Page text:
Flow  analysis

Flow analysis is a fascinating field in flow mechanics, exposing the flow regimes in space, explaining small-scale flow phenomena as well as large flow systems.

The flow analysis can be divided into two types: flow inside a structure such as water or air piping, and flow over a structure such as around an airplane wing or other  structure. Flow analysis makes it possible to reveal the effects of abrasion, vibration, equitation, pressure, temperature, momentum and almost any physical phenomenon in a flow, with the size of the space, the size of the transitions, the flow velocity and other characteristics defining the test areas and accuracy.

Flow analysis solutions relate to the field of nonlinear equations: complex equations that can be solved by numerical analysis, where each vertex element in the network that represents the issue is characterized by the flow equations, temperature, pressure, etc. so that the number of equations required is enormous. It is close to the three magnitudes for each cell in the network, where the size of a single cell in the network depends on the degree of accuracy required in accordance with the size of the phenomenon that needs to be examined.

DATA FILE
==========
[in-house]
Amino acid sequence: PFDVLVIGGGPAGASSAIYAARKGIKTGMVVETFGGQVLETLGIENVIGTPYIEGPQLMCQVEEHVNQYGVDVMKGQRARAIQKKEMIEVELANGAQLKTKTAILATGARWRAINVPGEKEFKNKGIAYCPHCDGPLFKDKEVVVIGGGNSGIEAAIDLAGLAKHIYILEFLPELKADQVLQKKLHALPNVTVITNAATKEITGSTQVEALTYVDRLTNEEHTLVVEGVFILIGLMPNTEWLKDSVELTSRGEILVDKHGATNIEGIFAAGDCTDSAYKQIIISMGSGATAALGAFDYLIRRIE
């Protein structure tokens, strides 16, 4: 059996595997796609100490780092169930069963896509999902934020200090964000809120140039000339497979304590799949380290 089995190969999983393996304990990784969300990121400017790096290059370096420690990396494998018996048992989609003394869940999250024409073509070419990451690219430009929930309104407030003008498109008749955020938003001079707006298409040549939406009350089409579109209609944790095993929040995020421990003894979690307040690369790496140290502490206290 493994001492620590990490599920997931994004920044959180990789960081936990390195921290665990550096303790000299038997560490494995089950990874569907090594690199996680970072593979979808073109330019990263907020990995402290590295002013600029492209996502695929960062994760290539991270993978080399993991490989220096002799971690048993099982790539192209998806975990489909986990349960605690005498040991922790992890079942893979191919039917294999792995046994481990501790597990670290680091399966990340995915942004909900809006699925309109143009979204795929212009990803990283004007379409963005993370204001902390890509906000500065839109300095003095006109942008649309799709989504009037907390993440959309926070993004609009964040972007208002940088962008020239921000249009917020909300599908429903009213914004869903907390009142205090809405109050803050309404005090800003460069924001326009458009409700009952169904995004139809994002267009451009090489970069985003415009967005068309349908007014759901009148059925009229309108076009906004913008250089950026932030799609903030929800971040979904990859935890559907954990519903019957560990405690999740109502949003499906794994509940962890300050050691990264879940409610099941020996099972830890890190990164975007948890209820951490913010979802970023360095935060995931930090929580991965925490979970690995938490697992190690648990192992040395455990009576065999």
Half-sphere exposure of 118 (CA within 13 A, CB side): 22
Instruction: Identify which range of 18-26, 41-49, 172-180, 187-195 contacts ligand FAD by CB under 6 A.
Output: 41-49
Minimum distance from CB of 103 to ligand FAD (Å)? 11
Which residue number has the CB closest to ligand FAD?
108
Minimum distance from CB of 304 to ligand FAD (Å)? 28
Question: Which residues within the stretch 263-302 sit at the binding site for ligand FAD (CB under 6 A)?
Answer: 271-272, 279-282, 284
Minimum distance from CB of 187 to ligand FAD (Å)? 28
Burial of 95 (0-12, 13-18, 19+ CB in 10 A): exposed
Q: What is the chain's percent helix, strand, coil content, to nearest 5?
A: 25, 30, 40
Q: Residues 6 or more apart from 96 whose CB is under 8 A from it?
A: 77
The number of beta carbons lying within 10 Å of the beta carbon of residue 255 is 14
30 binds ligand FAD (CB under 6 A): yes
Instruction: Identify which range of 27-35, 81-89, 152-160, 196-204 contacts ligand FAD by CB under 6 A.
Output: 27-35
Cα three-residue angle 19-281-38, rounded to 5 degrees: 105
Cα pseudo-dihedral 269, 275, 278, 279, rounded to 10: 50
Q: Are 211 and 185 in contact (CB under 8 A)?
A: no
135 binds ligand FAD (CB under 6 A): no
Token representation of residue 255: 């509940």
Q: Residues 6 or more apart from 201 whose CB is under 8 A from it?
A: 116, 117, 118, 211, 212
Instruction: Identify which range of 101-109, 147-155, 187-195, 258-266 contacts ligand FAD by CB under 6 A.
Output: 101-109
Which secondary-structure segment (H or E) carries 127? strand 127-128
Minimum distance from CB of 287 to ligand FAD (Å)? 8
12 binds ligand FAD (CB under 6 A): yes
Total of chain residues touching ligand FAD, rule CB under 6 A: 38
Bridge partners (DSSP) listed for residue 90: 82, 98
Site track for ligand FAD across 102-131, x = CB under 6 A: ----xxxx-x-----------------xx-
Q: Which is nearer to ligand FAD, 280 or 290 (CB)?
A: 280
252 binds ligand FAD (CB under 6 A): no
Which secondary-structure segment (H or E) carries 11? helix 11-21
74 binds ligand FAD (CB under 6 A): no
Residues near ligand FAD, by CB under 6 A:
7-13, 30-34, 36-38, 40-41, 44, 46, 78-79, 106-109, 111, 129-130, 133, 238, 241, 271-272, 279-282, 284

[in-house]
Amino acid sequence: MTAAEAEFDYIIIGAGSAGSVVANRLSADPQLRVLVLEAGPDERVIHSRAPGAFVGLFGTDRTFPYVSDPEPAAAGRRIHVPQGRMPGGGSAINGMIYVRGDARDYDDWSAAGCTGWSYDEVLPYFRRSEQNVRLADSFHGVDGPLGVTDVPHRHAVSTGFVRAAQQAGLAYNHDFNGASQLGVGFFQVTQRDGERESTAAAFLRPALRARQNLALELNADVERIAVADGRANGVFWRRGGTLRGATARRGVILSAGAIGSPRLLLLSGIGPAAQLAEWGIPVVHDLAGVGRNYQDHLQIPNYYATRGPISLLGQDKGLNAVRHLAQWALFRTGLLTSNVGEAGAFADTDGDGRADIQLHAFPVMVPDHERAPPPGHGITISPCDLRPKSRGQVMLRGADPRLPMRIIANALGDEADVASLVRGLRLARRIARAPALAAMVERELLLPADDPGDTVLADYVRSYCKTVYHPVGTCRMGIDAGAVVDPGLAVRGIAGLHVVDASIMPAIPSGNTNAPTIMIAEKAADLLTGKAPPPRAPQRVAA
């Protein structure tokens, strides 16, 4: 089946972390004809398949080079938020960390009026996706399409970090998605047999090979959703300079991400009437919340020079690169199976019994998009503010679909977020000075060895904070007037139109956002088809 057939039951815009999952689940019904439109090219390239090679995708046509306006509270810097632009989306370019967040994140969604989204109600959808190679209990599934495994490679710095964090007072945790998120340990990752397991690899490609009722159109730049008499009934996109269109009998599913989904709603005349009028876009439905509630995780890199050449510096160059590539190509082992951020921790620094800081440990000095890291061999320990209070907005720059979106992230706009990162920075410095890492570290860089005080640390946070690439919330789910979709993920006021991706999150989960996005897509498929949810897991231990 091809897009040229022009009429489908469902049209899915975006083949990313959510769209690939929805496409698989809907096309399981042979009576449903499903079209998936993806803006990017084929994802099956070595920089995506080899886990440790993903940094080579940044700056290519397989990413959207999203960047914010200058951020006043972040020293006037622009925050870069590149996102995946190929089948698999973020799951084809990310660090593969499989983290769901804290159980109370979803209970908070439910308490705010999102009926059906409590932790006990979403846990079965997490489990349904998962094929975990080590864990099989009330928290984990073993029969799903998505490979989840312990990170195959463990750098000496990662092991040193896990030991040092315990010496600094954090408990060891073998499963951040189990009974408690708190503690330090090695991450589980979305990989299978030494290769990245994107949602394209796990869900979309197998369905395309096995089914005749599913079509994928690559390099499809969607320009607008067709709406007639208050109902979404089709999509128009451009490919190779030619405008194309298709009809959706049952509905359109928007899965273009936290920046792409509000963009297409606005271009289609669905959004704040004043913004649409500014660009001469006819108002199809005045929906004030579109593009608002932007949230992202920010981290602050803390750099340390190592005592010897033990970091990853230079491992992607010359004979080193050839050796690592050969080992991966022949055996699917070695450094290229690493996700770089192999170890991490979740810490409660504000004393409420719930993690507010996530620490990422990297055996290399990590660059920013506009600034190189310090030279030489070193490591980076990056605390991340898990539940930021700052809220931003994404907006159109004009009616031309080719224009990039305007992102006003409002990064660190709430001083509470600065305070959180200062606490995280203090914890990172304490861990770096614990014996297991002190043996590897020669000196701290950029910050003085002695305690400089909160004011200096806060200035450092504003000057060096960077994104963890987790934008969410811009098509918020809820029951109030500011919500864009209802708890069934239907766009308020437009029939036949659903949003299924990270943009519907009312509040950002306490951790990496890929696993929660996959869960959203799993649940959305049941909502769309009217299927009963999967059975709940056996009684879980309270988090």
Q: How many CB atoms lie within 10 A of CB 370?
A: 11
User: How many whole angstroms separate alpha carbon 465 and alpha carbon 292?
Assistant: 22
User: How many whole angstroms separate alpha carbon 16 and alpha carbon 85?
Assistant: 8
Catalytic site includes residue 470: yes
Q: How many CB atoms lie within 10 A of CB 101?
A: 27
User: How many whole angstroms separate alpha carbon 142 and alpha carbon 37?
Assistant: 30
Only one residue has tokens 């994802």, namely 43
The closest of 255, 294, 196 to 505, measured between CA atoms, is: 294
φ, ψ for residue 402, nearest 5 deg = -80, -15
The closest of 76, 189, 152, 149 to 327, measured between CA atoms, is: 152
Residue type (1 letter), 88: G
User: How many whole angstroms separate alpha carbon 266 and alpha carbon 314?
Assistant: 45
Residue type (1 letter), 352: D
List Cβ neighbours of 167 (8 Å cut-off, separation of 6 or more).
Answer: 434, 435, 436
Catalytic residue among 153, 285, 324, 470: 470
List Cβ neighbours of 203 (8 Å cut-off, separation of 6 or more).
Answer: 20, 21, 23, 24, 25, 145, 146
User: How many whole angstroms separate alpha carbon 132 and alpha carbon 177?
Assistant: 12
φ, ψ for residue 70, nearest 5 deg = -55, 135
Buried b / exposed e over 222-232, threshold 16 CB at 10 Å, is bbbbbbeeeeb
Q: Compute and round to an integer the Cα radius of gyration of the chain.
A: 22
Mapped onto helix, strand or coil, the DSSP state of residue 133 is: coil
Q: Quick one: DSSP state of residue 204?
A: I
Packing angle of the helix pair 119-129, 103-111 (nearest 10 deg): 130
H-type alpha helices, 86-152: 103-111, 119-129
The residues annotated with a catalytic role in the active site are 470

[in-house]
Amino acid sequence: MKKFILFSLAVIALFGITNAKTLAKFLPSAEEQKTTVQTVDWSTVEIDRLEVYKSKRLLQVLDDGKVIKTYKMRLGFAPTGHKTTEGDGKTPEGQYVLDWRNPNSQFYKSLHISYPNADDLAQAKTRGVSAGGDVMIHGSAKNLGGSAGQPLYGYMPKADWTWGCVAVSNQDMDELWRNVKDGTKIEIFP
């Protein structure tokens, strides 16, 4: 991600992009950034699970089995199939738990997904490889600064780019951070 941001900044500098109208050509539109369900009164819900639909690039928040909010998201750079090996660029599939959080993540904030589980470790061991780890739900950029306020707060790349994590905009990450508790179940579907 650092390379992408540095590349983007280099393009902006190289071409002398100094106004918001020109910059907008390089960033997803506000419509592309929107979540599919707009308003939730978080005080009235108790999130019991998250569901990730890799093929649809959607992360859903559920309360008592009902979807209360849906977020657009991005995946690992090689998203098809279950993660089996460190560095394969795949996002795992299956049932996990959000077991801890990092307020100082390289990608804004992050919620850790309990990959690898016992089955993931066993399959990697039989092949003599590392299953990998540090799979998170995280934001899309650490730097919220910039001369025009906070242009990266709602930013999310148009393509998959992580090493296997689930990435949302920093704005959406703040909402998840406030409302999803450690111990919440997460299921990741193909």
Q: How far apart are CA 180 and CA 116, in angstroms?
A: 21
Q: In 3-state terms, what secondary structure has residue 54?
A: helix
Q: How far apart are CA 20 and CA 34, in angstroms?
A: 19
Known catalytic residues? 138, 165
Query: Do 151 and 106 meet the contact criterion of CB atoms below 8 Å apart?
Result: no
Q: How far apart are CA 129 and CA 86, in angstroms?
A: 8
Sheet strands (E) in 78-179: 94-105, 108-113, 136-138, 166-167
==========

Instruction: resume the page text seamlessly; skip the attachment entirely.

A numerical solution for flow analysis is done by defining two types of flow regimes for a miniature flow regime and a turbulent flow regime. Laminar flow is defined as a layered flow so that the flow layers flow on top of each other. Turbulent flow is a state of mixing between the layers and the calculation is the average of the layers. The flow regime is defined using a Reynolds number (dimensionless value), which defines whether the flow type is laminar or turbulent.

Between laminar and turbulent flow is a transition area where laminar flow and turbulent flow take place, in a cyclical pattern, with the dominant flow flowing in the laminar and in the friction areas (sides), a dominant turbulent flow.

Most often, the flow problems are subsonic, meaning the speed of progress in the flow medium is lower than the speed of the sound made by the flow, but there are cases where the speed of progress in the flow is higher than the speed of sound. These cases require a different approach to the problem with appropriate flow equations with characteristics such as Mach number, pressure waves, and thermal phenomena on the structure and in their flow.